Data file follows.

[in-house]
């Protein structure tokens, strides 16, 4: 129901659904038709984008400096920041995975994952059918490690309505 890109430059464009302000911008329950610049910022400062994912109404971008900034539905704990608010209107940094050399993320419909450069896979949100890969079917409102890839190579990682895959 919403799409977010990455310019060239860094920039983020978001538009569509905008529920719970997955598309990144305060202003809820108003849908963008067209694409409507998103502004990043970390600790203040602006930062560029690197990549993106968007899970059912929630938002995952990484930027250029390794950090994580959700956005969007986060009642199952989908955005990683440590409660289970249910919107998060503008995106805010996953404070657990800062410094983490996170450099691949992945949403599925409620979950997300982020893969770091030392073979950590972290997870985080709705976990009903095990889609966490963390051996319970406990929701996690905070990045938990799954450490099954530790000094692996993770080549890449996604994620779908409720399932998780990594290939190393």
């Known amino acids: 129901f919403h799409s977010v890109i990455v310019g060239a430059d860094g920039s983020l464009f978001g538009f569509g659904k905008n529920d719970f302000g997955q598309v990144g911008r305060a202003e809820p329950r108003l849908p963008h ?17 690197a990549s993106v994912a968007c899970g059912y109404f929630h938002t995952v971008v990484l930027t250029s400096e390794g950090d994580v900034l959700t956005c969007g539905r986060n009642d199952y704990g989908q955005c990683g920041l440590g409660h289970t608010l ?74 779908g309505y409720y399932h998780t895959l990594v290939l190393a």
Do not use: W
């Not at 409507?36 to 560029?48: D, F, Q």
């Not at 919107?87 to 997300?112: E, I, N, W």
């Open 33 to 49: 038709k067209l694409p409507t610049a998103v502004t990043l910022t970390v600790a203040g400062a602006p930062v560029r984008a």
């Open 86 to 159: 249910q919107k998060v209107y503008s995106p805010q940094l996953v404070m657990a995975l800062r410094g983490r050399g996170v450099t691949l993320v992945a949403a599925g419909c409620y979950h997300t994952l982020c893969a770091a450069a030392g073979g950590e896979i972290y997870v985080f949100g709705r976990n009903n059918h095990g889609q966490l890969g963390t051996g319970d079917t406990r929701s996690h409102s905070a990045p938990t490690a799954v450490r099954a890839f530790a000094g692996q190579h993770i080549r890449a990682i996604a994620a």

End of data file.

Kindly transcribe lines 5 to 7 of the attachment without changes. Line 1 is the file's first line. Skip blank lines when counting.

């Not at 409507?36 to 560029?48: D, F, Q």
């Not at 919107?87 to 997300?112: E, I, N, W």
């Open 33 to 49: 038709k067209l694409p409507t610049a998103v502004t990043l910022t970390v600790a203040g400062a602006p930062v560029r984008a």